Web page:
Asian stocks slumped, with Japanese shares poised for joining China in a bear market, as concern grew over the strength of the global economy amid the continuing collapse in oil prices.
The MSCI Asia Pacific Index lost 1.4 percent to 118.45 as of 9:17 a.m. in Tokyo, extending this year’s slide to 10 percent. Japan’s Nikkei 225 Stock Average declined 2.8 percent, set for a drop of 20 percent from a June peak. Australia’s S&P/ASX 200 Index retreated 1 percent, bringing its decline from an April high to 19 percent. A bear market is typically defined as a drop of more than 20 percent.
Brent oil is below $30 a barrel for the first time in 12 years as global growth worries roil equity, bond and currency markets. Investors awaited 2015 gross domestic product estimates from China on Tuesday as it struggles to boost a slowing economy and money managers debate how many times the Federal Reserve will raise interest rates this year.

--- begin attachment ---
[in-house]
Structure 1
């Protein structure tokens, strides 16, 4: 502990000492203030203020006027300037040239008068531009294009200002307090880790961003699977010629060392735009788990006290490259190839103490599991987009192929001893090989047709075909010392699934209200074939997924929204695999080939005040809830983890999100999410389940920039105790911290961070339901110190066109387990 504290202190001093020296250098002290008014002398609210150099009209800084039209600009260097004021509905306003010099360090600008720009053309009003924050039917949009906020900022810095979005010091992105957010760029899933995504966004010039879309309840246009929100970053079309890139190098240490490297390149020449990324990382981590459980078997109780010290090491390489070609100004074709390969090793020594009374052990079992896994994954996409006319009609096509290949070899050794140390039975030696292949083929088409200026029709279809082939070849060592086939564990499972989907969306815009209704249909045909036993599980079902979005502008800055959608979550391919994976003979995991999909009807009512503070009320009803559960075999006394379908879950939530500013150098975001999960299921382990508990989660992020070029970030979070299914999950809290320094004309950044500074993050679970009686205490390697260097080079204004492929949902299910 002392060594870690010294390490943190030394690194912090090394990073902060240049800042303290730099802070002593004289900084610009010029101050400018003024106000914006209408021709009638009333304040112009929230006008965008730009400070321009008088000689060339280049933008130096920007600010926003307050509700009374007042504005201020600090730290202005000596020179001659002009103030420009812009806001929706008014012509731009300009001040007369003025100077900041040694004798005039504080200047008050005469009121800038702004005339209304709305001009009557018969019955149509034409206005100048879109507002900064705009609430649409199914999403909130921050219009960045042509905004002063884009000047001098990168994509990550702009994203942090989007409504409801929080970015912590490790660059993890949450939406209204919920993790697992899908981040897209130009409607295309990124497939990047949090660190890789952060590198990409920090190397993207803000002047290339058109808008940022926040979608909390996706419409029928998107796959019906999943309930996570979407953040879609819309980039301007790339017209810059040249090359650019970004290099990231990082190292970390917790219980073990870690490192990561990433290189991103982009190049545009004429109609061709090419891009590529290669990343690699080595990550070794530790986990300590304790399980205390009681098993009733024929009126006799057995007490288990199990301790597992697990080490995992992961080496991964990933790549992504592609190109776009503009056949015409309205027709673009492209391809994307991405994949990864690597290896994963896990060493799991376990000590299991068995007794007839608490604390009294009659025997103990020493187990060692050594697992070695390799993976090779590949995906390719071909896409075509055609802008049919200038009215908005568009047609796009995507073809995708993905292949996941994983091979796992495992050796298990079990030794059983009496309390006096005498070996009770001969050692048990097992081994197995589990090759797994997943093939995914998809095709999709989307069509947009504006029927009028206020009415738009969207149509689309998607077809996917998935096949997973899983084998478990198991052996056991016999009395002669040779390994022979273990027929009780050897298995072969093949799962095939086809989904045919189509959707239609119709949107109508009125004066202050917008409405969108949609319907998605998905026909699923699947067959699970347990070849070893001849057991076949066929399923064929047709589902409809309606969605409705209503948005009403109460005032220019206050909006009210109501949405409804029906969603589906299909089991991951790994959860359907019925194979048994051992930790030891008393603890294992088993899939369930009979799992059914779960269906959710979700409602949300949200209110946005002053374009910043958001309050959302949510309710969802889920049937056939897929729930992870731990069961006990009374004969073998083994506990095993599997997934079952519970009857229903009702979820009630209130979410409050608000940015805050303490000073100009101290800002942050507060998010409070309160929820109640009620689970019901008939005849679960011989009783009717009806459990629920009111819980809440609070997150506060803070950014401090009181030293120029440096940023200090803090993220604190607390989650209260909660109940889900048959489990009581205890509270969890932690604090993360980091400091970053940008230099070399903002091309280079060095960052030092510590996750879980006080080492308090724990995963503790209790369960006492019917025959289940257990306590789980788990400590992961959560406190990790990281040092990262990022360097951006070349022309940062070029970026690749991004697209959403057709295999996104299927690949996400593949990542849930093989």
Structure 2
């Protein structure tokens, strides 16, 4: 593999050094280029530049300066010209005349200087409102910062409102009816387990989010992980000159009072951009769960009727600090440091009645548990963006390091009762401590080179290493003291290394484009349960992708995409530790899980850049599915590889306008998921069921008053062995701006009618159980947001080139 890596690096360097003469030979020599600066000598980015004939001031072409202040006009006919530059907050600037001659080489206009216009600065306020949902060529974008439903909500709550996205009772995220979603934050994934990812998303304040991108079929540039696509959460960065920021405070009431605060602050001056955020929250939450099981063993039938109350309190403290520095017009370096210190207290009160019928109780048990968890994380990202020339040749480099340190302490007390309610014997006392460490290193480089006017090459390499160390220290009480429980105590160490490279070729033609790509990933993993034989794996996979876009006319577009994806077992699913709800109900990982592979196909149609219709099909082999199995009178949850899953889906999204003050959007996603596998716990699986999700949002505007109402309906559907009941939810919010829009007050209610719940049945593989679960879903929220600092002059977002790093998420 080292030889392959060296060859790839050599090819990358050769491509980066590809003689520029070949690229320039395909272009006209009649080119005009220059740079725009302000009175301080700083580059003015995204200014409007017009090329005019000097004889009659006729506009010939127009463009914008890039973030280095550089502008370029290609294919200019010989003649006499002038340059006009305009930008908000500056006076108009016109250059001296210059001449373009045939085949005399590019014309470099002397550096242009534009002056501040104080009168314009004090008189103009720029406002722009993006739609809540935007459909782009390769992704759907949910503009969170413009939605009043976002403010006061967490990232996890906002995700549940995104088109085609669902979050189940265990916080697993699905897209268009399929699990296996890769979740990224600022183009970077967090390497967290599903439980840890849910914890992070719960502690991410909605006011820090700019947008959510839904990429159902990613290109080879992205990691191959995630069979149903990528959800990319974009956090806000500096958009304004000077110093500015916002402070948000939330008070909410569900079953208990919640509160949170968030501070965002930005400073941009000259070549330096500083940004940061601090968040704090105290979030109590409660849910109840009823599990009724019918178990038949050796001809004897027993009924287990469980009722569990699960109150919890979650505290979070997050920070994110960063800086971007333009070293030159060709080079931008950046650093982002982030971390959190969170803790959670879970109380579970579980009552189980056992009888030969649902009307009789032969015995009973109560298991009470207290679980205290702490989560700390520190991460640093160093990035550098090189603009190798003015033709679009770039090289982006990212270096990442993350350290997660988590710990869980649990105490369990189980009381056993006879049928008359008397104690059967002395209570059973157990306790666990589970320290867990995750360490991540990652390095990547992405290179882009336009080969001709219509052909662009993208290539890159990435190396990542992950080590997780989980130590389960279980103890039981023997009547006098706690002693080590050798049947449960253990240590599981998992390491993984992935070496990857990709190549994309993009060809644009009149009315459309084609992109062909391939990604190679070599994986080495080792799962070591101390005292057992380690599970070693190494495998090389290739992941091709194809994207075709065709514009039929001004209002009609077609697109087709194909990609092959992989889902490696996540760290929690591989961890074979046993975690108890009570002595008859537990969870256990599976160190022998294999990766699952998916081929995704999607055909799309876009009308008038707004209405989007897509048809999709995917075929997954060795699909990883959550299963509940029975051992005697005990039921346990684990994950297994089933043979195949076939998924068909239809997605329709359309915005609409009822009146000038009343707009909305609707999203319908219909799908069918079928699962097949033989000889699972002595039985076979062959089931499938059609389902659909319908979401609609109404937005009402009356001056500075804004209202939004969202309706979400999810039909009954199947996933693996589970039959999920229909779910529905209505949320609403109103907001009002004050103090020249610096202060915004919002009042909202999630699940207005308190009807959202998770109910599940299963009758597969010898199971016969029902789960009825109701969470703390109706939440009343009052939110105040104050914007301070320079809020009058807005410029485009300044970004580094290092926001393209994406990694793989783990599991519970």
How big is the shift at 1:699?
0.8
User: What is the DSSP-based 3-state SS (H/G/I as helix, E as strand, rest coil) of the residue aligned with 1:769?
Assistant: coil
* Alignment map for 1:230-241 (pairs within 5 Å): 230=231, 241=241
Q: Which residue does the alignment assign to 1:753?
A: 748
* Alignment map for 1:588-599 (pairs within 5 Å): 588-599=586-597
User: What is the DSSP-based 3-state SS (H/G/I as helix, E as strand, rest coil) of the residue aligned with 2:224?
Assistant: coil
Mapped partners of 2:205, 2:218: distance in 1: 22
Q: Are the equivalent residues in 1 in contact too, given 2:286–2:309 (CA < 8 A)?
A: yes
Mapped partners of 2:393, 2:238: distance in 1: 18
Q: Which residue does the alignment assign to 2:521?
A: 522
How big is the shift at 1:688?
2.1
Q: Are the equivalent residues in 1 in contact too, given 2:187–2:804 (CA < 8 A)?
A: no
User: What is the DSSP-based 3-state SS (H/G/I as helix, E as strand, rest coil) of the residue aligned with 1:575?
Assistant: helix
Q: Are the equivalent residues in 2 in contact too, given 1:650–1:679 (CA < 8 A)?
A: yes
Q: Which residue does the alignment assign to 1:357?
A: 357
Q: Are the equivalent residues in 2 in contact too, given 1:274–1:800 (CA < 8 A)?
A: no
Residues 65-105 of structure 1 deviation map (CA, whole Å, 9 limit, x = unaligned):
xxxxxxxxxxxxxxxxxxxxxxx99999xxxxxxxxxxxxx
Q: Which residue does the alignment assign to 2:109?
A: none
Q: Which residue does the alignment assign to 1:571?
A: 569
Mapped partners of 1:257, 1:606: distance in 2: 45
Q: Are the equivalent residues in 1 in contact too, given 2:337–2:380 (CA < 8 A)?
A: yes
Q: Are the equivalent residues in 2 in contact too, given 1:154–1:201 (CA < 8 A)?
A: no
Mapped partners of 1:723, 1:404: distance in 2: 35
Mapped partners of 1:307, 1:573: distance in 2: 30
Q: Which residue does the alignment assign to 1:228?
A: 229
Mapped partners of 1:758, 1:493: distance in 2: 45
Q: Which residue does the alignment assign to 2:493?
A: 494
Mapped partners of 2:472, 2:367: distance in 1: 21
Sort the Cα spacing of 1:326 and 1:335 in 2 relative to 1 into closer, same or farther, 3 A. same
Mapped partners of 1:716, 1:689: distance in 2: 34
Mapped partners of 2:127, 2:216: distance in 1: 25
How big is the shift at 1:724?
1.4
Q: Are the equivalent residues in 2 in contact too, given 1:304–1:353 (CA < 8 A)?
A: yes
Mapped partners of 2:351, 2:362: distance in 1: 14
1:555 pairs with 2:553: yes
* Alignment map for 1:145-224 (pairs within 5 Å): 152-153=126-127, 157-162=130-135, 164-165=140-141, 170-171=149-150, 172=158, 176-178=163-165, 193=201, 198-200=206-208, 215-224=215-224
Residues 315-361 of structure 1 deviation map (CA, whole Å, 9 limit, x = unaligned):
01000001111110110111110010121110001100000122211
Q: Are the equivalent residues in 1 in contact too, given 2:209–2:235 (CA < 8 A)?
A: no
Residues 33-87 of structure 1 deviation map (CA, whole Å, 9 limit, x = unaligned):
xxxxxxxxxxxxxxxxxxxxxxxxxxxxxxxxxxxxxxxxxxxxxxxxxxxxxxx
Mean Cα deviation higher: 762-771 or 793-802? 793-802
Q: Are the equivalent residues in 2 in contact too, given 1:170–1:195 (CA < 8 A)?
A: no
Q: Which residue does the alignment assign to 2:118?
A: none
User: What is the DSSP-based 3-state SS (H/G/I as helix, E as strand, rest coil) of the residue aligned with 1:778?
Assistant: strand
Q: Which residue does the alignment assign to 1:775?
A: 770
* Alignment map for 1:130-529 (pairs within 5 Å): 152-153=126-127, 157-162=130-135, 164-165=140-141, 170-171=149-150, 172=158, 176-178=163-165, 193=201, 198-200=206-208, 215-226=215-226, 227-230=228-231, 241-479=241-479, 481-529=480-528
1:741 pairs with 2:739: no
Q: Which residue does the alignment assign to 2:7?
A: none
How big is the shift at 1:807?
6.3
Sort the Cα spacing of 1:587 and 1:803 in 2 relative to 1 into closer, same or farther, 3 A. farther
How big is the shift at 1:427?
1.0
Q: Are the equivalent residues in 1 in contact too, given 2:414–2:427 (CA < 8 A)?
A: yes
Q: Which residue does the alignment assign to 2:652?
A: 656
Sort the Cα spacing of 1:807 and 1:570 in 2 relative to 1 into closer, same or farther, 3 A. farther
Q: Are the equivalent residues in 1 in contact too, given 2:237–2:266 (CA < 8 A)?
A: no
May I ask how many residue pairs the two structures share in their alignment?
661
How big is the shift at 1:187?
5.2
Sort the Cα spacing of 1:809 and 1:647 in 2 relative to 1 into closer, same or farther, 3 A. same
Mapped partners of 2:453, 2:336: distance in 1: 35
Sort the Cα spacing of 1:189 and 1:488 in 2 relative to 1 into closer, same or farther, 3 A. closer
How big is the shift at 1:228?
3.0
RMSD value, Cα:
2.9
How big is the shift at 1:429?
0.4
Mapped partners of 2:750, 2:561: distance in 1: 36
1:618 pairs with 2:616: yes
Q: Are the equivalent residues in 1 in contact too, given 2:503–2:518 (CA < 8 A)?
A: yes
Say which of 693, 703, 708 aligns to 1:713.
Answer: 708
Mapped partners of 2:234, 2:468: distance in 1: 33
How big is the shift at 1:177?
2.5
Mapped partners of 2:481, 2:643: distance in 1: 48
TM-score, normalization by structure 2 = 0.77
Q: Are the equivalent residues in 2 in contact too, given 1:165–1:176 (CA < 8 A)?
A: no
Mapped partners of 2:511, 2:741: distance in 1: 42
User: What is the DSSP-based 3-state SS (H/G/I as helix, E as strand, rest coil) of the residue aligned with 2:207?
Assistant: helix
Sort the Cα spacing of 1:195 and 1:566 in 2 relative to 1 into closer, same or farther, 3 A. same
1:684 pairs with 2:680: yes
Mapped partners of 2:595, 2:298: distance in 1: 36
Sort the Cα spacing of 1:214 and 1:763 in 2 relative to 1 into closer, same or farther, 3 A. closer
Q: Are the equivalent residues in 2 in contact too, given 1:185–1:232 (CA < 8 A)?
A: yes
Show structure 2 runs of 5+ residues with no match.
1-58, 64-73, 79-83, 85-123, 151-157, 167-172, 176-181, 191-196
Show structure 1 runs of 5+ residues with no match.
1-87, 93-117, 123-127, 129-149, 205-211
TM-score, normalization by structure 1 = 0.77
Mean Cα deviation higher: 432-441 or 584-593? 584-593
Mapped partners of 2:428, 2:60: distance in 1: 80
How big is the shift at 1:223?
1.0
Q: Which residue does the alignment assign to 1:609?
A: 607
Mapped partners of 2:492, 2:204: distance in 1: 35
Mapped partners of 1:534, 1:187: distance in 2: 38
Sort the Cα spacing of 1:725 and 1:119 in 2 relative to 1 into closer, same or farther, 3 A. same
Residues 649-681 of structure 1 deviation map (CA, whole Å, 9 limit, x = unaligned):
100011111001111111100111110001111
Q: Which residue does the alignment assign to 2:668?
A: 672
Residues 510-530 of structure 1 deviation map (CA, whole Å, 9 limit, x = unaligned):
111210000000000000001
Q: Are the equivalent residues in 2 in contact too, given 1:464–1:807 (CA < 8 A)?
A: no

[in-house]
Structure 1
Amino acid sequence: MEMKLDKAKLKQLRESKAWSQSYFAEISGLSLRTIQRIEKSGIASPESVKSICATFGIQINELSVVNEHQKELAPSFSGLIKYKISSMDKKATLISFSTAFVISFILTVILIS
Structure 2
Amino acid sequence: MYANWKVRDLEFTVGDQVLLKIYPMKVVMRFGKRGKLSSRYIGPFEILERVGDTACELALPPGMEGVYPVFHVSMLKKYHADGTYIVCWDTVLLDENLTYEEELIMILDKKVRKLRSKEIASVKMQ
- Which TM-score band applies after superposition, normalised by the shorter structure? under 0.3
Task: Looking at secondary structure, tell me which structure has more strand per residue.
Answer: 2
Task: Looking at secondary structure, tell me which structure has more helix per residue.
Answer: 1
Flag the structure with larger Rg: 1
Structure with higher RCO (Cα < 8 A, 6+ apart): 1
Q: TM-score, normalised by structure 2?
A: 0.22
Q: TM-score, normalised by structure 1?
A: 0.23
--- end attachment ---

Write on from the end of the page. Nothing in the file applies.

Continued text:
Traders have been whipsawed in 2016, with equities around the world off to their worst start to a year on record as oil plummeted to levels last seen more than a decade ago and China struggled to maintain control over its markets.
The Shanghai Composite Index entered a bear market last week, for the second time in seven months, erasing gains from state support efforts amid persistent investor concern over volatility. China’s stock-market watchdog has acknowledged ineptitude and loopholes within its regulatory system after a review of the turmoil that has rocked local markets since June.
The MSCI Asia Pacific Index has been in a bear market since August, as global equities plummeted after China devalued the yuan. The gauge is trading at the lowest level since 2012. Singapore has had one of the worst performances among global markets over the past year, with the Straits Times Index down more than 25 percent from a peak.